This stirring drive led him, in 2021, to a village where girls from 25 different communities wanted to play sports and did not have proper facilities or electricity in their neighborhood playground.

He worked with the community on a dual solution. Shambhulal wrote an application to the local official and got solar lights installed in the ground so that the girls can play at night as well. The dreams of 25  girls came true with that impact. 

The story had a far and wider impact, and later a local elected representative provided funds to build proper facilities in the playground.

In 2017, Shambhulal told a heart-wrenching story about a pregnant woman's death after she was rejected by five hospitals for lack of proper facilities.  Rajasthan, he knows, has one the worst maternal mortality ratios in India at 164 maternal deaths per 100,000 live births. The national maternal mortality ratio stands at 113, for a comparison. Pushpa Bai is no longer just one more faceless figure in statistics.

Shambhu also recognizes progress on gender when other journalists probably wouldn’t even notice a gender angle. For this story, from Feb 2022, on two women bureaucrats, his purpose in visiting a government office was not to finger-wag over poor governance but rather to understand the experience of women office workers. He saw genuine progress, and the video gives credit where credit is due.


Supporting communities during COVID 19

The COVID-19 pandemic and lockdown threw everyone's life out of gear and Shambhulal also found the going very tough in the initial days of the lockdown. With his wife back and two daughters to feed, he soon ran out of money to manage the house.

After discussing several story ideas with his mentor at Video Volunteers and following all of VV’s Covid safety protocols, he set out to highlight critical issues faced by people and public health workers. He got to know of a group of ASHAs (local health workers) in his area who did not have PPE kits. He left no stone unturned and used the power of visual storytelling from the source of the issue to ensure that proper safety kits were provided to them.

Shambhulal's community leadership at this time also came forth in the matter of vaccine hesitancy.

For a while, nobody in our village was vaccinated. Despite the government and local administration's assurances, many people feared that they would die if they got vaccinated.  One day I mustered the courage, left home without informing anybody, and got myself vaccinated. I initially feared that I would die but when I survived, I informed everybody and encouraged them to get the first dose." 

During those early days of the pandemic, Shambhulal also reached out to families who survive on daily wages. He found them without work and without access to India's PDS (the public distribution system for food rations). With financial support from Video Volunteers, he gave rations to these families. He also documented their stories. 50 year old Prem Kanvar, a widow with a family of four, was struggling due to the Covid lockdowns. “I got to know of her deteriorating situation and that the family was short of food, had no electricity and no money,” says Shambhu. ”The district court got involved and rapped the panchayat for negligence. Within a week, the family had the pension and Palanhar scheme activated…One of my best impacts for this year was when I worked to enable the widow pension for this woman."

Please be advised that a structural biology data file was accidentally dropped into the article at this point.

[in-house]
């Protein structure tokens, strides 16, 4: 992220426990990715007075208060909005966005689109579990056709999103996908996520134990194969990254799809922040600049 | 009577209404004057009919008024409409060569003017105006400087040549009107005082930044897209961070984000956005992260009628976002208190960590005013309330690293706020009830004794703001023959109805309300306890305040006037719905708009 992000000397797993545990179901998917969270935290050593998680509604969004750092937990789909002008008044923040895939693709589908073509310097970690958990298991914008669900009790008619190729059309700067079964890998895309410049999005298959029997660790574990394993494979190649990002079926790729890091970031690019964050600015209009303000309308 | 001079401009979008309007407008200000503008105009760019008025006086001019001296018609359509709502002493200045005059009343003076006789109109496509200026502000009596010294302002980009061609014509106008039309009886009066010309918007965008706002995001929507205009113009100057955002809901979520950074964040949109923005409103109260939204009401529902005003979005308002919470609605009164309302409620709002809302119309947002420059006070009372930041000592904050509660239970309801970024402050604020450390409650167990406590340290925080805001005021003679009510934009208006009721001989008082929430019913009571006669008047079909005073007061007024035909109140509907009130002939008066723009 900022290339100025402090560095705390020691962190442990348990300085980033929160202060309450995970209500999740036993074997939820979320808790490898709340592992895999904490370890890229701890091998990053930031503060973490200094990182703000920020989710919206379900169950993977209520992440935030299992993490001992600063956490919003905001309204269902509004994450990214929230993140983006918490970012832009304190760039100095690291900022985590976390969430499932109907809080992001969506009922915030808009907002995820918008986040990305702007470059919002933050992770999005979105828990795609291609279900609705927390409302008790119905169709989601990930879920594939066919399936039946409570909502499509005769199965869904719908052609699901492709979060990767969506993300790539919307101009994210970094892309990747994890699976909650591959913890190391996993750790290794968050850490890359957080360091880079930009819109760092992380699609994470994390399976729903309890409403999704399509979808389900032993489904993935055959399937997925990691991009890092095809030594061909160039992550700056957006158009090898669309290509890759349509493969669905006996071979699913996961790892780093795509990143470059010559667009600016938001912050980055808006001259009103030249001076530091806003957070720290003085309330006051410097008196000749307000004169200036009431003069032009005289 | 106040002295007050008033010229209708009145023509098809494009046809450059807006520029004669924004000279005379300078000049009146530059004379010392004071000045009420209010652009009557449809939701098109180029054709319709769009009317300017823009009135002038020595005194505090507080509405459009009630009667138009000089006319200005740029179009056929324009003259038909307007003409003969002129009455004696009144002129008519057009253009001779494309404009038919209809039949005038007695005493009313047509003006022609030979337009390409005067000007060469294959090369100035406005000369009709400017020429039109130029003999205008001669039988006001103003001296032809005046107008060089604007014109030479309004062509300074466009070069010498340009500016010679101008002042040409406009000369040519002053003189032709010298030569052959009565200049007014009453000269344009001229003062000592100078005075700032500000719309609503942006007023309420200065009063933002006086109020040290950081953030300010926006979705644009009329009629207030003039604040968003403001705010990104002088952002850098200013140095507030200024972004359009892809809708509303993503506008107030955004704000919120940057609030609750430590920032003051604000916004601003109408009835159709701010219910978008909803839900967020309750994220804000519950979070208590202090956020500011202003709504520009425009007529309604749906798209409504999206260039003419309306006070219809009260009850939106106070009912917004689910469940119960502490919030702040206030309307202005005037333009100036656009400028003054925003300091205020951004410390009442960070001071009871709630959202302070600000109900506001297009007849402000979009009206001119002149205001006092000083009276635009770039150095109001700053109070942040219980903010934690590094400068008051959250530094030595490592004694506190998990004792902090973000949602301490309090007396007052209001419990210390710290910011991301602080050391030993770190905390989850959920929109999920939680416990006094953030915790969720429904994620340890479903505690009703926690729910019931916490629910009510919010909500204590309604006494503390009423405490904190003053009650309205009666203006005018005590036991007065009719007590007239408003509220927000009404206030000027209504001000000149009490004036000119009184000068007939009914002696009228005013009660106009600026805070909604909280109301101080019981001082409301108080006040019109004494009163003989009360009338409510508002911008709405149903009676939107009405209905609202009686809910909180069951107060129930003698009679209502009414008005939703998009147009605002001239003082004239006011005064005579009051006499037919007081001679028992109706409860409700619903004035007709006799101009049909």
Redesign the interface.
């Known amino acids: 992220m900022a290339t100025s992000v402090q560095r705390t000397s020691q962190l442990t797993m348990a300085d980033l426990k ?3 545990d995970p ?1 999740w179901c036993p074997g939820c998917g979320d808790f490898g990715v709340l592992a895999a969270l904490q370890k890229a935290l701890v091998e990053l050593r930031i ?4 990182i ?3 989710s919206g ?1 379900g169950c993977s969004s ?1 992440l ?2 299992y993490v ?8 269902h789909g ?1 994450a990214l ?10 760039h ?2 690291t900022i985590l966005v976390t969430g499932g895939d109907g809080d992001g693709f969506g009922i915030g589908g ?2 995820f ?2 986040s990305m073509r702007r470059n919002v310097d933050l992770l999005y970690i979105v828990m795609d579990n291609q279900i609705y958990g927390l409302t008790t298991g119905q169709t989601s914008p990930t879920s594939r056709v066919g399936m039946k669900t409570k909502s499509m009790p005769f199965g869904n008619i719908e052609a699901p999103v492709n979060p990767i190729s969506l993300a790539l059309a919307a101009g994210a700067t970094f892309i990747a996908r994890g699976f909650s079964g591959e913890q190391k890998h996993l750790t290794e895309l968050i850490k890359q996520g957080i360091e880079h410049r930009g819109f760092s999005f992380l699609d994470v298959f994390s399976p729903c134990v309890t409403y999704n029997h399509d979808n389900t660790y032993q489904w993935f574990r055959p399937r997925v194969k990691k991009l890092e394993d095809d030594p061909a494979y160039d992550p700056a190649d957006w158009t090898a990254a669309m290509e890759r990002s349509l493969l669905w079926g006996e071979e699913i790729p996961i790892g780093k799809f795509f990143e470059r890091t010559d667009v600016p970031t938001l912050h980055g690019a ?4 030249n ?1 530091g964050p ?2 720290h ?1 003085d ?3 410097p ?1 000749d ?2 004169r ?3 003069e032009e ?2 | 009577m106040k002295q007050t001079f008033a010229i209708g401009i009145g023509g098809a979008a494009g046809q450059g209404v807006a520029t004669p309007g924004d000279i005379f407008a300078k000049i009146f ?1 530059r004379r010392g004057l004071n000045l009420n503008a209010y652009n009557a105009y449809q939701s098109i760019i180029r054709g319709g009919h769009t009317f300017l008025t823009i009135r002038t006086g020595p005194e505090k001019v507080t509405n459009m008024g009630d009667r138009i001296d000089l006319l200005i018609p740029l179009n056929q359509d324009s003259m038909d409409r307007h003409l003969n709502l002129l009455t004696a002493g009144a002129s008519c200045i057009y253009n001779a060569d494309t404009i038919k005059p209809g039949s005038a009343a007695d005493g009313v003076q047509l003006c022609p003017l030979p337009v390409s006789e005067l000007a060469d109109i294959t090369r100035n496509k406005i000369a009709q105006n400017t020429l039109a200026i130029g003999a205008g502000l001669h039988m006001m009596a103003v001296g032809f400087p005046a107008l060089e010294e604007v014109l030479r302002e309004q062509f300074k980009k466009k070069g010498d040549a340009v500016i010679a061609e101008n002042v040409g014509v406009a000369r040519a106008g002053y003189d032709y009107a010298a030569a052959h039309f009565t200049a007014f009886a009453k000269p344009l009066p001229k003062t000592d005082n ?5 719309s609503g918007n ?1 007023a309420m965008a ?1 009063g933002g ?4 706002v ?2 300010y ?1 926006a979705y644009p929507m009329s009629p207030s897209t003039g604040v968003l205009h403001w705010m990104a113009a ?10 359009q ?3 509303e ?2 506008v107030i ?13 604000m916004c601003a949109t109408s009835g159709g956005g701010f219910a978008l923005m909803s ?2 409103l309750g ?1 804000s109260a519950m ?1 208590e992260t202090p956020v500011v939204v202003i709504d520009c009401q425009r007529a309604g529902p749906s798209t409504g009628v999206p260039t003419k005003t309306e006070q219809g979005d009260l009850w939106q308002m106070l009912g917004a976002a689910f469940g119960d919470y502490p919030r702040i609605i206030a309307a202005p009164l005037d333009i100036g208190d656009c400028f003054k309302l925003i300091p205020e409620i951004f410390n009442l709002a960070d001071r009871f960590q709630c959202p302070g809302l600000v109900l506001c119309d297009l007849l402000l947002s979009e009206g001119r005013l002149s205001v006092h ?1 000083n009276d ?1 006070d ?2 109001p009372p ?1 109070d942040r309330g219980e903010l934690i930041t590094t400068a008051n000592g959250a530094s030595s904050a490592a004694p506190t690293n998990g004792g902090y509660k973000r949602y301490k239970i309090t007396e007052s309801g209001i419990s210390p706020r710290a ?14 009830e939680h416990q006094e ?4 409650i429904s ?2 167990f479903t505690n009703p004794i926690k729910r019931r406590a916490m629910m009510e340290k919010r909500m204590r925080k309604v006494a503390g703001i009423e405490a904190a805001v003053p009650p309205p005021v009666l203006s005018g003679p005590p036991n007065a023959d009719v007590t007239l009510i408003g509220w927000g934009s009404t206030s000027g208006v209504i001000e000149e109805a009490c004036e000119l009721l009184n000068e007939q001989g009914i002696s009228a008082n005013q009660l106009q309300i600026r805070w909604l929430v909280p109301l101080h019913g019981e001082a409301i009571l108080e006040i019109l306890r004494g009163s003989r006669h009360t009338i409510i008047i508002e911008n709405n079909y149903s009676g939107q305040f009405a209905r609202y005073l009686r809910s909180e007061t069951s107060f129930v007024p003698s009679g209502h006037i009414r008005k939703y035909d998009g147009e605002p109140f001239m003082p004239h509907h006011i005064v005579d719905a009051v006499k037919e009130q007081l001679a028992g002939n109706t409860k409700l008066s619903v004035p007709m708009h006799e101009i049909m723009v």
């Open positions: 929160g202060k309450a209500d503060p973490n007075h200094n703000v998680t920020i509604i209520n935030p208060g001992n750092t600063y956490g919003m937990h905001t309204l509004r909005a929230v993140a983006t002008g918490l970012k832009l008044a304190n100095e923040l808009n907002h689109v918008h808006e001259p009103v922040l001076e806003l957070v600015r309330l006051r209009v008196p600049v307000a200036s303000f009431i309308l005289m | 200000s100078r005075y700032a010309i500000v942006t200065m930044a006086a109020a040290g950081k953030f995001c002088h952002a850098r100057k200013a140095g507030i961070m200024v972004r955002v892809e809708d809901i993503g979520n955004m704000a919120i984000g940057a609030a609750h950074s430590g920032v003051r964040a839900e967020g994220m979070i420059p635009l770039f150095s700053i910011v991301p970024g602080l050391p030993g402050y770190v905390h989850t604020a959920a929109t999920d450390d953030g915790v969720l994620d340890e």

He is also a part of the #SwasthAspatal campaign. Swasth Aspataal is an initiative by Video Volunteers, started in response to the pandemic,  to report on and fix the public healthcare system of India. Most of the primary health centers and other healthcare facilities in rural India are in urgent need of funding and infrastructure support. Under the campaign, Shambhulal is monitoring the progress of one the Community Healthcare Center in his community.

Continuous skilling and learning

Shambhulal doesn't think twice before attributing a big share of his success to the constant support by his mentors and team members at Video Volunteers.

They have always supported me with mentoring, equipment training and upgrading my skillset,he adds. 

Though today he has the confidence of approaching any government officials to resolve people's issues, Shambhulal clearly recalls that back when he was a teenager he wasn't half the daredevil he is today at 32. He had to be coaxed and convinced by a member of a local NGO 'Seva Mandir' to leave his village and go to the neighbouring state of Gujarat to learn the basics of video film making.

"I came back with the basic skillset of conceptualizing, shooting and editing videos, and I got some wedding assignments and some work through 'Seva Mandir' . Then, the same NGO informed me about the fellowship programme with Video Volunteers in Goa and convinced me to attend it," he recalls.

Bolstered by the training, mentoring  in storytelling and equipment handling skills from Video Volunteers, Shambhulal got into the thick of documenting local, important and neglected issues in and around his region.

Shambhulal has been constantly upgrading his skills  with Video Volunteers, and the training pays off: Shambhu is regarded as one of the finest videographers in the VV netowrk. This year he has already participated in multiple training programmes including a course in video editing, training in character-based storytelling and on impact documentation.

Road Ahead

With the hallmarks of a true community leader, Shambhulal is keen to share all that he knows about community journalism and impact storytelling to a new bunch of highly driven community journalists.

I would like to be a mentor with Video Volunteers at some stage,

he says from his own experience that grassroot level journalism is the most effective way to take issues of the people to the last mile.

His gratitude towards his art, mission, and mentors is evident in his work because Shambhulal’s videos are known among his community members and colleagues for their quality camerawork, narration, visuals, balanced view, call to action messages and impact.

"I always wanted to be the voice of those who are otherwise unheard. I talk to my community, understand their issues, demands and reasons. Then I work with them to get in touch with the administration and protest if need be till their problems are resolved. These are issues even the national media ignores or doesn't highlight much," adds Shambhulal, a real-time and real-life community leader.